Graphical abstract image

      PubDate: 2017-04-13T20:03:39Z
       
  • Structural space of intramolecular peptide disulfides: Analysis of peptide
           toxins retrieved from venomous peptide databases
    • Abstract: Publication date: June 2017
      Source:Computational Biology and Chemistry, Volume 68
      Author(s): Panchada Ch. V. Govindu, Priyanka Chakraborty, Angshu Dutta, Konkallu Hanumae Gowd
      Structural space of intramolecular peptide disulfides is the combination of arrangement of even number of cysteine residues in single polypeptide and the disulfide isomers resulting from differential connectivity between cysteine residues. In the current report, we are documenting theoretical analysis and derivation of general formula [ 2 × 4 { ( n 2 ) − 1 } ] to predict possible distinct cysteine patterns for given ‘n’ even number of cysteine residues in a sequence. Combined formula of predicting distinct cysteine patterns and different disulfide isomers can be used to deduce the truly available structural space of intramolecular peptide disulfides, which may be used in structural analysis of disulfide rich peptides and proteins. In this report, we have also analyzed cysteine patterns and disulfide connectivities of peptide toxins, which is the largest group of intramolecular peptide disulfide natural products, retrieved from publically available animal toxin databases. Observed 29 distinct cysteine patterns of toxins exhibited 61 unique intramolecular disulfide folds, with limitation of having up to eight cysteine residues in a sequence, compared to theoretically available 170 different cysteine patterns generating 13,946 distinct intramolecular disulfide folds. Database analysis of peptide toxins has also revealed the features of presence of same intramolecular disulfide motif in functionally divergent peptide toxins and adaptation of the same disulfide fold with similar functions in different venomous species. Calculations of relative accessible surface area of cystine and average value of non-cysteine residues in the representative intramolecular disulfide folds of peptide toxins has revealed the feature of poor accessibility of cystine to external agents and their dependency on number of disulfide bonds in the sequence. Implementation of new generation sequencing methods and novel disulfide mapping techniques will unravel hidden diversity of intramolecular disulfide motifs of toxins and current report points to the selection of disulfide motifs in peptide toxins.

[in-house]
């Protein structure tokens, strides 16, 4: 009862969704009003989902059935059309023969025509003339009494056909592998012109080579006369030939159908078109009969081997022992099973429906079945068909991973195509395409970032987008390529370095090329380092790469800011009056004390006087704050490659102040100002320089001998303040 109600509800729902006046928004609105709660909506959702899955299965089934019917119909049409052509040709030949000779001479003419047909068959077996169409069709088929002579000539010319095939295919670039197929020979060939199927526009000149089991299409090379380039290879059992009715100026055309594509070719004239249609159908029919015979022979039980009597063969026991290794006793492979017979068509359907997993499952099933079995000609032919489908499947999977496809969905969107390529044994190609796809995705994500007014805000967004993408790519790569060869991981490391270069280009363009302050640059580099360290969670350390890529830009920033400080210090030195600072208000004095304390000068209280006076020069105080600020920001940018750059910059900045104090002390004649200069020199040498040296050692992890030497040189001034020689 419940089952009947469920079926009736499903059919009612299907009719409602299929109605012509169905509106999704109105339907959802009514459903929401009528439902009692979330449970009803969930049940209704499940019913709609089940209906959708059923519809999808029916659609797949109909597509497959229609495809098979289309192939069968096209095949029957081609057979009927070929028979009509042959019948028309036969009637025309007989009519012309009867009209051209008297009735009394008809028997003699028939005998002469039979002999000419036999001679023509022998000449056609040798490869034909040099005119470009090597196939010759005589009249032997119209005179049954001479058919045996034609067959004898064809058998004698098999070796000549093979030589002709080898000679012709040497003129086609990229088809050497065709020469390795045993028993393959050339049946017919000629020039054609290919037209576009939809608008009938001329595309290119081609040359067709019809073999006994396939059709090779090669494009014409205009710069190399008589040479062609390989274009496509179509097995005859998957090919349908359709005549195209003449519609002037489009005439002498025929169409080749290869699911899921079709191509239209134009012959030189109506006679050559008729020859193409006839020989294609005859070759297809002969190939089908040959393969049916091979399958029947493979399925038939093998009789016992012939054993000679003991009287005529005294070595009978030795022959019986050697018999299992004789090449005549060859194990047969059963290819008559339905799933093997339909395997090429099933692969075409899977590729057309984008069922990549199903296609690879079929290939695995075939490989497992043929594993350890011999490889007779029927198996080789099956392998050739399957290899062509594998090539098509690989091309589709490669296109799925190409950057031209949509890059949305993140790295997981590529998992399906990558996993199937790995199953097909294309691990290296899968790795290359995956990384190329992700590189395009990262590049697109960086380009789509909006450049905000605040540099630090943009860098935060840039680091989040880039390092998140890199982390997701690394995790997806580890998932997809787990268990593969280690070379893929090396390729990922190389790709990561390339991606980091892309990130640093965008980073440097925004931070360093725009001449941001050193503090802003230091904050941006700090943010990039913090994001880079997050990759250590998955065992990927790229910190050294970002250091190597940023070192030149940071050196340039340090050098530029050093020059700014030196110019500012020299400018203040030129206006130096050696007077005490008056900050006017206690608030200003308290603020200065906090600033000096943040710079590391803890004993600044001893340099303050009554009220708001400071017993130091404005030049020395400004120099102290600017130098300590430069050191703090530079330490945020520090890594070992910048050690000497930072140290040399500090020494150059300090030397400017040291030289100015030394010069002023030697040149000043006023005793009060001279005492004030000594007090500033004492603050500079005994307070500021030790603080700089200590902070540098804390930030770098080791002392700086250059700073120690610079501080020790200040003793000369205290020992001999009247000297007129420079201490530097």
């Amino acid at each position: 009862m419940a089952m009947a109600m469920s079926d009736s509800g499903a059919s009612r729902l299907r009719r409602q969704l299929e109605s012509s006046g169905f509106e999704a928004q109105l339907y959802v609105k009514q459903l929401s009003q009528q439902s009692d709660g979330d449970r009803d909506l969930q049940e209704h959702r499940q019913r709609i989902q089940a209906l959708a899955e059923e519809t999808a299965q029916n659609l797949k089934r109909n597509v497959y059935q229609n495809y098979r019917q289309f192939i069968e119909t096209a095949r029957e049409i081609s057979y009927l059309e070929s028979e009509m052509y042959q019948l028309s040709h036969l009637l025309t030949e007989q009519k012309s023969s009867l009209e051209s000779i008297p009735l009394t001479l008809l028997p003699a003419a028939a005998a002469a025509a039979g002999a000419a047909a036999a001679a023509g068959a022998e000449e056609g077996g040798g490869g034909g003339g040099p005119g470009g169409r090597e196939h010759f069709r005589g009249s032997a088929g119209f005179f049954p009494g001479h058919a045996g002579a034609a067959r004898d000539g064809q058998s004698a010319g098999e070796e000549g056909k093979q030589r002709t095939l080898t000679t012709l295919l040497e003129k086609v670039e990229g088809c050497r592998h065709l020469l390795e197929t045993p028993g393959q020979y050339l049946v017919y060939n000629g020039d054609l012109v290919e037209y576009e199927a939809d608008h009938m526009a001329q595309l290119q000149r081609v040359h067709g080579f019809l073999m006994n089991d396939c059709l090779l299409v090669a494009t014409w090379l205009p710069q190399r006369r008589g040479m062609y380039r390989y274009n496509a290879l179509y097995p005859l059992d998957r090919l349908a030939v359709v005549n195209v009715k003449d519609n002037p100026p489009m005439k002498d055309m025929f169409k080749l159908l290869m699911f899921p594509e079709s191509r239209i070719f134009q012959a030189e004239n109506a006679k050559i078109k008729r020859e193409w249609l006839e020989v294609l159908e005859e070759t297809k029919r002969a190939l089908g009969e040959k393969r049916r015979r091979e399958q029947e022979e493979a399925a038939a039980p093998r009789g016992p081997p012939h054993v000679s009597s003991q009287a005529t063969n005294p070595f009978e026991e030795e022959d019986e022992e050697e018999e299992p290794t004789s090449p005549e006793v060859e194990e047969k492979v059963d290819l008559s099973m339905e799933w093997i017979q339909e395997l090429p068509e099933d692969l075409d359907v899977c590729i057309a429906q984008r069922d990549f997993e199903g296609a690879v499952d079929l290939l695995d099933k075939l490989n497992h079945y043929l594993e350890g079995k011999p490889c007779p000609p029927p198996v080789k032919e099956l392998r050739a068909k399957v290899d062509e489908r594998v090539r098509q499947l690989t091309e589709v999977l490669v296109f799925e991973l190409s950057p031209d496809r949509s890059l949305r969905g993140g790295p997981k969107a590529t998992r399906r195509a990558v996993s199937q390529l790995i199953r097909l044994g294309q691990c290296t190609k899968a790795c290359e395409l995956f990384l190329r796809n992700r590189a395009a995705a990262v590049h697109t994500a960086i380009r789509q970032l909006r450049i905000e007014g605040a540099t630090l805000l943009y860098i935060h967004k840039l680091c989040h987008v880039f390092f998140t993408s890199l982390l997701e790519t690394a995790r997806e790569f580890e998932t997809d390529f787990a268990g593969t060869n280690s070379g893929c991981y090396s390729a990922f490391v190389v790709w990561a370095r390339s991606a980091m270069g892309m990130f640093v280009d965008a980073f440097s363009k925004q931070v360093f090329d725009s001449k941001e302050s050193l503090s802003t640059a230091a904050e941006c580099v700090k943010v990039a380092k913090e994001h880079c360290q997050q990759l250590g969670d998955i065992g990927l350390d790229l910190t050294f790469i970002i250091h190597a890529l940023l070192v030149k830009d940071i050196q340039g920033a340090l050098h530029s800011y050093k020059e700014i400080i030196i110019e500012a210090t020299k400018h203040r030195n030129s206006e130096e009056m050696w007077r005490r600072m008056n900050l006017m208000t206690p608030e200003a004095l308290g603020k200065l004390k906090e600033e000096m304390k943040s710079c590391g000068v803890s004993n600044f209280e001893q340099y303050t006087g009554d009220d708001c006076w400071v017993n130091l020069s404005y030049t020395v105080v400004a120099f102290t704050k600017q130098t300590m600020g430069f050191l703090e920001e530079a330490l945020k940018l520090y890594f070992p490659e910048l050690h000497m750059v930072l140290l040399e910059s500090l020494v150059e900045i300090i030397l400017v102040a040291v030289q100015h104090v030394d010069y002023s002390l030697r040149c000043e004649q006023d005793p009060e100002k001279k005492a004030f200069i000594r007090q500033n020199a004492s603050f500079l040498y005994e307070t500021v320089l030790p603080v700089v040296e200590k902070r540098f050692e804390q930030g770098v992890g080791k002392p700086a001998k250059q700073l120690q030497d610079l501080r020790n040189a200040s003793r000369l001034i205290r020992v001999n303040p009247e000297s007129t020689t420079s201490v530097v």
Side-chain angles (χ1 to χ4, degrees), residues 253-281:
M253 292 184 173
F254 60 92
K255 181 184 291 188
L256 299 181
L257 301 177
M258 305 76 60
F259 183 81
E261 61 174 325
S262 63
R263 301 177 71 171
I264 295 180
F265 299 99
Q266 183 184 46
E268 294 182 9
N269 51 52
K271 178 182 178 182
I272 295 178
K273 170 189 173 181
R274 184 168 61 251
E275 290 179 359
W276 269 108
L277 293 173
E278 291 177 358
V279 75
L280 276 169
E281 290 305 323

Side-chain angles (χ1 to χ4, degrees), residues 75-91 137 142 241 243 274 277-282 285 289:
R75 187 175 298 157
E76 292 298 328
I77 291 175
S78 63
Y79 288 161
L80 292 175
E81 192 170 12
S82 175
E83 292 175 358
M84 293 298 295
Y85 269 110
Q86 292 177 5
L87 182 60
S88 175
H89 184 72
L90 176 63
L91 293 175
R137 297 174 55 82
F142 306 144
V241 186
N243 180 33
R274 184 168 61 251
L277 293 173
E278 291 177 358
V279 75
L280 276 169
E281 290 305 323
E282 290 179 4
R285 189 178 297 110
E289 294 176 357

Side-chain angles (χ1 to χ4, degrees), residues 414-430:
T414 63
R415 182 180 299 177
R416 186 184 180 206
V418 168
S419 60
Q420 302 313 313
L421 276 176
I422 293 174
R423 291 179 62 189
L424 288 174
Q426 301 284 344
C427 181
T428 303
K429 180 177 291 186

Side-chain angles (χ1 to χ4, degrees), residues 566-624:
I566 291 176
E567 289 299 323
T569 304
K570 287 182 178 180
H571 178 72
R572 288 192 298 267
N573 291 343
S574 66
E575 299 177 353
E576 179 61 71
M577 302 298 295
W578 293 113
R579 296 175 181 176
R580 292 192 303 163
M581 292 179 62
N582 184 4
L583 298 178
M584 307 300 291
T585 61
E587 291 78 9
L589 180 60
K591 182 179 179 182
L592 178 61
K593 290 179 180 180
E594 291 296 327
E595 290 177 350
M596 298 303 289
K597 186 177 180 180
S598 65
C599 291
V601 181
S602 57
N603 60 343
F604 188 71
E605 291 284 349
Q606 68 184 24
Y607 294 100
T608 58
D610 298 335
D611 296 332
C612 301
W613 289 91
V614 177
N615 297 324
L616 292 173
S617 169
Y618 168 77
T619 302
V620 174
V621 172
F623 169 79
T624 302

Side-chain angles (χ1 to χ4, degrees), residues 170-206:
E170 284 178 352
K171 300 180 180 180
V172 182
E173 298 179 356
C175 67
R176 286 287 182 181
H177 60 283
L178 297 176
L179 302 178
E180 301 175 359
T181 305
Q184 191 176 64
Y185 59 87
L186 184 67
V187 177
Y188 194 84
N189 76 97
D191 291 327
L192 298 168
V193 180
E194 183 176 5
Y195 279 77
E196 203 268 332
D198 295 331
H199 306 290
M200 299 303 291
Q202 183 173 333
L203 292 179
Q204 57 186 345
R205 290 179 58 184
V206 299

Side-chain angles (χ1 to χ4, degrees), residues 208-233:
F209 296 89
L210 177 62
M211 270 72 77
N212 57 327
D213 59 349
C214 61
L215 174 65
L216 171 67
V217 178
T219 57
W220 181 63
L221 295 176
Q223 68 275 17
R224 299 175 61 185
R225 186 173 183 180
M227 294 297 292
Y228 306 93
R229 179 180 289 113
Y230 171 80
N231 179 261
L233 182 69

Graphical abstract image

      PubDate: 2017-04-06T19:51:34Z
       
  • DrugClust: A machine learning approach for drugs side effects prediction
    • Abstract: Publication date: June 2017
      Source:Computational Biology and Chemistry, Volume 68
      Author(s): Giovanna Maria Dimitri, Pietro Lió
      Background Identification of underlying mechanisms behind drugs side effects is of extreme interest and importance in drugs discovery today. Therefore machine learning methodology, linking such different multi features aspects and able to make predictions, are crucial for understanding side effects. Methods In this paper we present DrugClust, a machine learning algorithm for drugs side effects prediction. DrugClust pipeline works as follows: first drugs are clustered with respect to their features and then side effects predictions are made, according to Bayesian scores. Biological validation of resulting clusters can be done via enrichment analysis, another functionality implemented in the methodology. This last tool is of extreme interest for drug discovery, given that it can be used as a validation of the clusters obtained, as well as for the study of new possible interactions between certain side effects and nontargeted pathways. Results Results were evaluated on a 5-folds cross validations procedure, and extensive comparisons were made with available datasets in the field: Zhang et al. (2015), Liu et al. (2012) and Mizutani et al. (2012). Results are promising and show better performances in most of the cases with respect to the available literature. Availability DrugClust is an R package freely available at: https://cran.r-project.org/web/packages/DrugClust/index.html.